Last Sunday, the church celebrated its birthday with Pentecost. As a pastor, Pentecost is one of my favorite holy days of the church year. It is a day when we celebrate something exciting, out of the ordinary, powerful.
It was on the day of Pentecost long ago when the power of the Holy Spirit poured out upon the disciples and other believers, gathered together as Christ had told them to do. In the power of the Holy Spirit they were made bold to proclaim the gospel so that all people might understand the story of the gospel of Christ. In that power of the Holy Spirit, the church was born.
It was on the day of Pentecost long ago when the power of the Holy Spirit blew among the gathered people like a mighty wind, powerful and unmistakable. The wind of the Holy Spirit was felt as the people were driven to proclaim the gospel, driven to transform the world, driven to be servants in the world.
Natalie Sleeth, a composer/poet with ties to West Virginia Wesleyan College, imagined this wind in her hymn, "God is Like a Rock." In one stanza she describes: "God is like the wind, something no one sees; mighty as the gale, gentle as the breeze with a hidden power no one can deny as the days go by."
On that morning of Pentecost long ago, the power of God, through the Holy Spirit, came upon those gathered like the rush of a mighty wind. It was powerful, strong, vital, energetic and overwhelming.
In the Greek of the New Testament the words used to name the Holy Spirit are hagio, which means holy, and pneuma, which means breath or wind. So the best translation would be Holy Breath or Holy Wind. It sounds odd to us, but Holy Wind might be the best way to describe the third person of the Trinity.
A wind moves things. Think of leaves blowing around on a blustery autumn day or snow blowing in a blizzard. Think of the loud flapping sound on a flagpole on an unrelentingly windy day when there is the expectation of the wind ripping the flag right off the pole.
Think of the wind filling the sails of a sailboat and then moving the boat through the water. Wind is about movement.
Think about standing by the ocean or on top of a mountain when the wind is blowing so hard in your face that it makes you squint. Think about how alive you feel in those moments.
There was a reason that God sent the Holy Spirit to us like the rush of a mighty wind. God wanted that early Christian community and us to feel alive because of Christ, because of the presence of the Holy Spirit. God wants us to move because of the power of the Holy Spirit.
As those gathered that day long ago felt the power of the Holy Spirit, Holy Wind, they were amazed to find themselves moving. The Holy Spirit made them move. Peter moved out from the room to address the crowd, reminding them that the prophet Joel had promised this event.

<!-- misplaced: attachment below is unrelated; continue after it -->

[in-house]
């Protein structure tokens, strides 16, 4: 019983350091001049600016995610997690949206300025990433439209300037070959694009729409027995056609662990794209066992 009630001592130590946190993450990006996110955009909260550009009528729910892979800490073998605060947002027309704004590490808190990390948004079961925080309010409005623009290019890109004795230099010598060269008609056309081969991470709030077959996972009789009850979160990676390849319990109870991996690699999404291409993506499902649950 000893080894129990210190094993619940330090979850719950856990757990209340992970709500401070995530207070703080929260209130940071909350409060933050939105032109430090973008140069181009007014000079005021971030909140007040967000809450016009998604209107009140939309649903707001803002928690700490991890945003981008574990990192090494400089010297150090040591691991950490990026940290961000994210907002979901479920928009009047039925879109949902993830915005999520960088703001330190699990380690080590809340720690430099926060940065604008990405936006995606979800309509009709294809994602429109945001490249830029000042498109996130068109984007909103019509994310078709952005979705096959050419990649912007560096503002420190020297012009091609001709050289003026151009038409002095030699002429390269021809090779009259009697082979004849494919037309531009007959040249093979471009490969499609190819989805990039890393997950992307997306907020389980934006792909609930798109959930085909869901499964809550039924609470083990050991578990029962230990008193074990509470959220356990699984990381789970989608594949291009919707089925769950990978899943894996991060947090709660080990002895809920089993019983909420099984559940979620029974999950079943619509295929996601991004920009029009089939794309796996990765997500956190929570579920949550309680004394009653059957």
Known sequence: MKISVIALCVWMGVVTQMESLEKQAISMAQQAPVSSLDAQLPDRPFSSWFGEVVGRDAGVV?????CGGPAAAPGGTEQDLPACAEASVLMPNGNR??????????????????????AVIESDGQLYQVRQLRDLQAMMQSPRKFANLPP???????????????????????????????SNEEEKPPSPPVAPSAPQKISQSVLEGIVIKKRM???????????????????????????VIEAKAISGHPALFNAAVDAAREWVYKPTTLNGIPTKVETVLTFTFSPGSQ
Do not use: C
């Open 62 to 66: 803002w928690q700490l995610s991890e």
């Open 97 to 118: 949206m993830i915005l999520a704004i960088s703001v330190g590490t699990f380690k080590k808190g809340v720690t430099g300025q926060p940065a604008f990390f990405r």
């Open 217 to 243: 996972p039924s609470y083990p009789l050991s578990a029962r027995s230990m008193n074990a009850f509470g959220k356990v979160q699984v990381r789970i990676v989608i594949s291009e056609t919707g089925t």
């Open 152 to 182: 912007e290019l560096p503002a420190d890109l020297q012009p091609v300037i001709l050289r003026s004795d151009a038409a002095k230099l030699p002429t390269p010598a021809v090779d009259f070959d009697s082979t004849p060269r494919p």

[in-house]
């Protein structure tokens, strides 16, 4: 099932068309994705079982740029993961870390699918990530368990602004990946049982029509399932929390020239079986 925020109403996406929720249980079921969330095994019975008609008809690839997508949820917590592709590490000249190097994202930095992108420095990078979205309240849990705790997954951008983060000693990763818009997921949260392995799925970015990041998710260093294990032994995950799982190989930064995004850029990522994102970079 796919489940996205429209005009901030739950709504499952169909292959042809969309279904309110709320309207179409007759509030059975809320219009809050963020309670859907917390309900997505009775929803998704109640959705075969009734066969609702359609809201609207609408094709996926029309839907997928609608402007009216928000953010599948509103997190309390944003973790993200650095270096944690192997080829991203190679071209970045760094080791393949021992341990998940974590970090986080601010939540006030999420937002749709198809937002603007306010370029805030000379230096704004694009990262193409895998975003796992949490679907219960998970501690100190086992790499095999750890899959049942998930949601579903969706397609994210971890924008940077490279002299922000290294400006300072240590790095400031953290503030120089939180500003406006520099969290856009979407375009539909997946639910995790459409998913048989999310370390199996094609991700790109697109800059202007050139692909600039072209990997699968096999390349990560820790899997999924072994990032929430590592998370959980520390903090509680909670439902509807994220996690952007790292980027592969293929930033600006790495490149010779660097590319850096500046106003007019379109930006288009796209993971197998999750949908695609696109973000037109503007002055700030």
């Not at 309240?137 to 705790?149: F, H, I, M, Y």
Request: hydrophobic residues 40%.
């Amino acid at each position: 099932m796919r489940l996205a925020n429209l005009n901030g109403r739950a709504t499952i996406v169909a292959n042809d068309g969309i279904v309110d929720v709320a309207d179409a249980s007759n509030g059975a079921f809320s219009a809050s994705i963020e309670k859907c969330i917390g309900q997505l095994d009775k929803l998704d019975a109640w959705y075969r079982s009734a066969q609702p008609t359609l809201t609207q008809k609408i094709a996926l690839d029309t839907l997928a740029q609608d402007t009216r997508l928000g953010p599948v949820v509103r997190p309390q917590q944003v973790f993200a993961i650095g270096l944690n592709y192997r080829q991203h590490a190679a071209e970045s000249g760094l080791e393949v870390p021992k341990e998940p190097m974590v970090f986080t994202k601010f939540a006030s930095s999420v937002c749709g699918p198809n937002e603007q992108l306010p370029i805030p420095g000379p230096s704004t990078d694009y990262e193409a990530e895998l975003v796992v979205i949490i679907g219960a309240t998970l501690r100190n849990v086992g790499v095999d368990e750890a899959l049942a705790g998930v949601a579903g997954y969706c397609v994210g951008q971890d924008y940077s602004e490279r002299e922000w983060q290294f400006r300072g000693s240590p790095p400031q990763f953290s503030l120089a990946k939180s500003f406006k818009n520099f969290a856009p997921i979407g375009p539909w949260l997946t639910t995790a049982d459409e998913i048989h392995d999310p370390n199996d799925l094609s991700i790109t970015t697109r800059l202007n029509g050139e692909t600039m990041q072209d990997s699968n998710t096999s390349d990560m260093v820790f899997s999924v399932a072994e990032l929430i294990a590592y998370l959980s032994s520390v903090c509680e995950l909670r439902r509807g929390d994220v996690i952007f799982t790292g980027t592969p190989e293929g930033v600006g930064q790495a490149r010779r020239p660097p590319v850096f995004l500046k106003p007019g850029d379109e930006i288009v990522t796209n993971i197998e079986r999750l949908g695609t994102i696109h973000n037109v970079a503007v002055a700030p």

All of those present that day moved out to proclaim the good news of Christ. They moved to help those who were poor. They moved to comfort those who were in need, who were in despair, who were in mourning. They moved to establish the church and the mission of Christ.
The story and celebration of Pentecost are powerful for us because Pentecost reminds us that we can feel just as alive as that community gathered long ago and that we can move out to proclaim the good news and to establish the church and mission of Christ.
As believers we can gather to pray. As a child I grew up going to Wednesday evening prayer services. The sole purpose was to gather and pray to claim Christ's promises through prayer, to pray for those who were sick and suffering, to pray for those in grief, to pray for wisdom and direction, to pray for the poor, to pray for the Spirit to move in our lives and give us a purpose in meaningful service.
The celebration of Pentecost reminds us to pay attention to our prayer life. Pentecost reminds us to pay attention to the prayer life of the faith community.
It takes courage to be a praying individual. It takes courage to be a praying faith community because if we are serious about our prayer lives then we are serious about inviting the Holy Spirit to be a part of us and we are inviting the Holy Wind to breathe upon us and make us feel alive and move us like the wind moves a kite.
I want to feel this Holy Wind in my face and feel alive. I know that feeling the Holy Wind in my face will cause me to move and serve. I am ready for that again. I hope that you are too. There is much that the Holy Spirit can move us to do and in moving with the Holy Spirit we can make a difference in this world.
To God be the Glory!
-On the parish calendar: Church Picnic/VBS Kick-Off, Sunday, First UMC. Gather for fellowship, 4 p.m.; meal, 5 p.m.
- Pool Party, 6:308:30 p.m., Sunday, Chapel Hill UMC
- Summer Youth Celebration, MondayFriday, WV Wesleyan
- Wilderness Escape, Vacation Bible School, MondayThursday, 6-8 p.m., First UMC. Light supper served at 5:30 p.m. Learn from the Bible hero Moses where God guides and provides.
- Parish Council meeting, 5 p.m. Monday, The Parish House
- Week of Service, July 19 25, Chapel Hill UMC. Coincides with the church's mission to the Dominican Republic for those who cannot make the trip, offering opportunities to give back to the community.
- MissionU, United Methodist Women,July 24-26, West Virginia Wesleyan College.